The red zone is the money zone. This part of the field, the 20-yard line to the goal line, is where all the magic happens. Want to be a great scoring offense? You have to win in the red zone.
The best red zone quarterback in the NFL over the last two seasons is Marcus Mariota of the Titans. Since entering the league as the second overall pick in 2015, he’s been red-hot in the money zone. Tennessee leads the NFL in red zone efficiency at 76 percent.
Here's how Mariota's numbers compare in the red zone with the rest of the field.
|Rest of the field
When teams install an offense for the week, they do it in segments. On Wednesday of the typical week they install normal down and distance runs and passes. That’s first-and-10, second-and-4, and so on. Thursday has been different for each team I’ve been on, but the constant is third down Thursdays. That covers all third-down situations.
Short yardage and goal line can be installed on Thursday or Friday. It’s not given the same amount of time for practice as the other situations on the field because it’s not as common, and frankly, it’s pretty straight forward.
All of these installs handle from the 3- or 4-yard line to the opposite 20. The red zone, the 17 yards from the 20 to the 3 (where most goal-line plays start), get an entire install and multiple periods of practice time. It’s that important. It’s the difference between three points and seven, winning and losing a close game.
The red zone is such a unique area of the field for multiple reasons and each of those benefit Mariota’s skill set. Coming out of college, we knew Mariota had a cannon, made quick decisions with the ball in Chip Kelly’s spread offense, and used his legs well. Things he had to improve on were reading a defense, taking a ball from under center, and learning a pro-style offense. The things he’s good at are excellent for the red zone.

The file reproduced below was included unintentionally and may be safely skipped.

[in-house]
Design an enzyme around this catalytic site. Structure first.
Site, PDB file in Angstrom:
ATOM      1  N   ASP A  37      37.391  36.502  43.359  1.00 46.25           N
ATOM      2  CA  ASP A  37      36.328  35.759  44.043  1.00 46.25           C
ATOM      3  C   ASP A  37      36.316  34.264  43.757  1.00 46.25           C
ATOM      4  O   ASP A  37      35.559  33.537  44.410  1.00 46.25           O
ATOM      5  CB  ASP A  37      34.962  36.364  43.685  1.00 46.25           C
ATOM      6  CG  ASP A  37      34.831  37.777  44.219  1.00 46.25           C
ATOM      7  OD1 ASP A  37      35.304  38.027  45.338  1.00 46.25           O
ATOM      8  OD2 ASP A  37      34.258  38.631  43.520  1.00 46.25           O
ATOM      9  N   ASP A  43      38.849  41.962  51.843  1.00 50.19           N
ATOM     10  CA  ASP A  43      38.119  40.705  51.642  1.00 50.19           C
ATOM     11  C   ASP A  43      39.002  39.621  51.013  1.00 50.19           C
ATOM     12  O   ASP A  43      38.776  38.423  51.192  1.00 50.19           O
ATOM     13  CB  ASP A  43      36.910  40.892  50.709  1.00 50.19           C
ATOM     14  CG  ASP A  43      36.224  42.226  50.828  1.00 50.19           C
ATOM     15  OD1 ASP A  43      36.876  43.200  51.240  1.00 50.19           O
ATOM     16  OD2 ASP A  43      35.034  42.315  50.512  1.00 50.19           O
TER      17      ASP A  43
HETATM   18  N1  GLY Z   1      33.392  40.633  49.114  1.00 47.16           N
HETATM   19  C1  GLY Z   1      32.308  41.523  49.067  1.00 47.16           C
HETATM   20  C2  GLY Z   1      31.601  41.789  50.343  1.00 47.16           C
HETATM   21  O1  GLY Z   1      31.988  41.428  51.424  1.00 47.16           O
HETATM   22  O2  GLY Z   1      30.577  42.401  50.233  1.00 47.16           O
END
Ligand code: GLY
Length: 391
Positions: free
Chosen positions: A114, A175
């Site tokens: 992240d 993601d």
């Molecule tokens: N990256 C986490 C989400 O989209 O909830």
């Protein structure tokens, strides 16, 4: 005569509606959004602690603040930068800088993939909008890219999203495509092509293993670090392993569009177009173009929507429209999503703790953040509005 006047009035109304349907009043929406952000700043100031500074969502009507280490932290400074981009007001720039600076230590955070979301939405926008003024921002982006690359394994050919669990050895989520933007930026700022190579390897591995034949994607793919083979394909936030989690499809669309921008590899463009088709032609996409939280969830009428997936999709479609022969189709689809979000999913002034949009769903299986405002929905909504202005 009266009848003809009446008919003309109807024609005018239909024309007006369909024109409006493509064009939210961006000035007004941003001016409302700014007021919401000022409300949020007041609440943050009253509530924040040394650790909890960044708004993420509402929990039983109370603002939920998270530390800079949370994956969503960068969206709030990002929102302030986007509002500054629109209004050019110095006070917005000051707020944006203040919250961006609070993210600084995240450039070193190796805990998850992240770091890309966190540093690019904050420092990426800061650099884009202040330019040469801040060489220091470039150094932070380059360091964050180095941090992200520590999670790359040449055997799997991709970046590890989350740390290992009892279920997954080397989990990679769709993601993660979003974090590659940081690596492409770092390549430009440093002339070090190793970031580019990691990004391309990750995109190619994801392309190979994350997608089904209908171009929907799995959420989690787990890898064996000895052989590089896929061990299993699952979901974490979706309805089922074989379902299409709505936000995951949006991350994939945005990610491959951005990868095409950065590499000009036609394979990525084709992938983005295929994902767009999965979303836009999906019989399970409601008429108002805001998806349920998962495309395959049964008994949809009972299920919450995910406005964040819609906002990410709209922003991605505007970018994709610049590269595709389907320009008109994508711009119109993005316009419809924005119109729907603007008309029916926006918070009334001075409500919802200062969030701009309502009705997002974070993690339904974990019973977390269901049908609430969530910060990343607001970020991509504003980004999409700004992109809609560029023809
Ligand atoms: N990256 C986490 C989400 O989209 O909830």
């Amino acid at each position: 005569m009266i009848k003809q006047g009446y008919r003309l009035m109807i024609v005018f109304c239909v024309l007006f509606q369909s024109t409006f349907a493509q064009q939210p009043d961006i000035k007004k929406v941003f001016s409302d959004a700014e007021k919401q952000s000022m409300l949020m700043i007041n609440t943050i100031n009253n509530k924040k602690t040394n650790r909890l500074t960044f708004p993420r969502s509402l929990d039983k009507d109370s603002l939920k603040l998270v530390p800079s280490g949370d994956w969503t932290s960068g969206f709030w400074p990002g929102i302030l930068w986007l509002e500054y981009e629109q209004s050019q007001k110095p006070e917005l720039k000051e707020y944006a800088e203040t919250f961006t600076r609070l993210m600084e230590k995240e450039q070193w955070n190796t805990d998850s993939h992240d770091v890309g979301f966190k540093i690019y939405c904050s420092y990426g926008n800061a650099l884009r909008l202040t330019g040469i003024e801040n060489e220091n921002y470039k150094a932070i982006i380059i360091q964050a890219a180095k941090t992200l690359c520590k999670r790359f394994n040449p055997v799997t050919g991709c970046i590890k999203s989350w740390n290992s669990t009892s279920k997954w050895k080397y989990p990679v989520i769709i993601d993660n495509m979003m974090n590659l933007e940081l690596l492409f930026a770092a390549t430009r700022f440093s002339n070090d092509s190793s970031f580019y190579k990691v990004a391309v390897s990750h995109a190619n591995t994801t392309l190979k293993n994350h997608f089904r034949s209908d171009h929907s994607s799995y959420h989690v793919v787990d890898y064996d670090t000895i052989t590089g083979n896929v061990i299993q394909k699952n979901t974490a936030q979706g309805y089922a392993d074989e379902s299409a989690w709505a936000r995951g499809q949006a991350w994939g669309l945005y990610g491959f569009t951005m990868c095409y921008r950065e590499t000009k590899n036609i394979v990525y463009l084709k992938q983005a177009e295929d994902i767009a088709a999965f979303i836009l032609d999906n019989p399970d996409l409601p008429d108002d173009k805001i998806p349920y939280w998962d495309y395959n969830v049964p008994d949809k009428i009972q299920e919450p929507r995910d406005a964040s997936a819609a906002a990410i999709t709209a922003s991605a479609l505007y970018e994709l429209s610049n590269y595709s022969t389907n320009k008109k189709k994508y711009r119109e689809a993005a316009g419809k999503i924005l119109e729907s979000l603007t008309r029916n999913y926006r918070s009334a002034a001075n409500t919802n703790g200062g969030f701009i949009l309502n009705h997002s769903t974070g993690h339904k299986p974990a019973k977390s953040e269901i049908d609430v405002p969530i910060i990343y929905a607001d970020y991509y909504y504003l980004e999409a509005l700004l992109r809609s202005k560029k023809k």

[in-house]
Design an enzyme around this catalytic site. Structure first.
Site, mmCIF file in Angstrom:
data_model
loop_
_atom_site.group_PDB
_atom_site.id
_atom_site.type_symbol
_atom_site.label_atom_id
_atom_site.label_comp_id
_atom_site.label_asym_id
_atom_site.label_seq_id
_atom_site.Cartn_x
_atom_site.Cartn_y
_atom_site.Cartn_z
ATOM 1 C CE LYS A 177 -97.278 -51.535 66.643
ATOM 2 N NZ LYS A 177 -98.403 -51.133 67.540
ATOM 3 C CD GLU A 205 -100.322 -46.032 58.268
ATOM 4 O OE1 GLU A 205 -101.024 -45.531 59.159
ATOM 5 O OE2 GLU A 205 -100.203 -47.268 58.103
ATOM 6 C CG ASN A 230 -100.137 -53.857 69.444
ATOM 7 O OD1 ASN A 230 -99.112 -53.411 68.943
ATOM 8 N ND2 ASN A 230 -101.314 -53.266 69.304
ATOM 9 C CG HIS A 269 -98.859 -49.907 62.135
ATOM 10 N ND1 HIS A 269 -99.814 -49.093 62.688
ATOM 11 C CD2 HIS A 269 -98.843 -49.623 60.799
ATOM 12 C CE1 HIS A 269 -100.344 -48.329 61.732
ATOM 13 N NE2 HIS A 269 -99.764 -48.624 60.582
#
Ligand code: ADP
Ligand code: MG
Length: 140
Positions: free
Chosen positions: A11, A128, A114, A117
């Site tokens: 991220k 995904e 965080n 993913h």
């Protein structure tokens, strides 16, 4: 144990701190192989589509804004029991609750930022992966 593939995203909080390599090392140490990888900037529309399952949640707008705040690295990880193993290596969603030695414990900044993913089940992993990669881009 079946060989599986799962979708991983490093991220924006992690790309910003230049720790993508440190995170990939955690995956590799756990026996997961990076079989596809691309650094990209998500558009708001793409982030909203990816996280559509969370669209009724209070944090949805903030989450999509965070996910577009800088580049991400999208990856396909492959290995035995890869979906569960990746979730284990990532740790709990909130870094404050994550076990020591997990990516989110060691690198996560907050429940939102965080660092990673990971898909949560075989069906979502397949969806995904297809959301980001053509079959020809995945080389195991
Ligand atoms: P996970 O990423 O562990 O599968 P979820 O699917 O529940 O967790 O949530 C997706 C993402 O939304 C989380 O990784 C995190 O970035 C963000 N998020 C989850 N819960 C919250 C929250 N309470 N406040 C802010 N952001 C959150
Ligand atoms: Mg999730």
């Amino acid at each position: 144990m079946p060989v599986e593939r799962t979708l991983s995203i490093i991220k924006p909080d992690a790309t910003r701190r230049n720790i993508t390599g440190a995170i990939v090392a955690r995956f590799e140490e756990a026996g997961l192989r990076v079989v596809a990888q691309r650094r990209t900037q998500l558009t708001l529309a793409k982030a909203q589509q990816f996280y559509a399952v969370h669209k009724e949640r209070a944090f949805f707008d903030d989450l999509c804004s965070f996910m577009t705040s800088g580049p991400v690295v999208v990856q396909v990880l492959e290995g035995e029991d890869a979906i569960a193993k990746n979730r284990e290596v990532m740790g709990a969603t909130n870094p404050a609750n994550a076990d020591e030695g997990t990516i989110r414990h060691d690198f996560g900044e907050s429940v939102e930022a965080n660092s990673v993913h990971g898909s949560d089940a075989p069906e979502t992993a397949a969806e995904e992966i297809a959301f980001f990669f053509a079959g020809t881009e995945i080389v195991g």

The field is obviously condensed inside the 20. If you’re starting in the red zone at the 20, there’s only 30 yards of field to use before you run out of space. This leads to less complicated defensive schemes, especially as you get closer to the goal line.
Teams will typically do three things when they run a red zone defense. They will run some sort of two-high safeties, mostly quarters coverage as they get closer to the end zone, sort of a blanket coverage of the end zone. The second is some version of one-high safety. If a team is a big one-high defense, it’s easier to stay in one-high because that’s what you know best.
Lastly, zero pressure. Zero pressure is an "all out blitz." It’s man across the board, and whoever isn’t guarding anyone, they are rushing the passer. Zero pressure is most common on third down to force a quick throw in the fringe area around the 30-yard line. The thought is that teams can force a long field goal with this pressure.
Because of these factors listed above, the defensive schemes aren’t complicated in this area and fairly predictable. It’s hard to disguise coverage and spin safeties late with nowhere to move. They would almost certainly know what coverage a defense is using, and it’s easy to see pressure in this area of the field.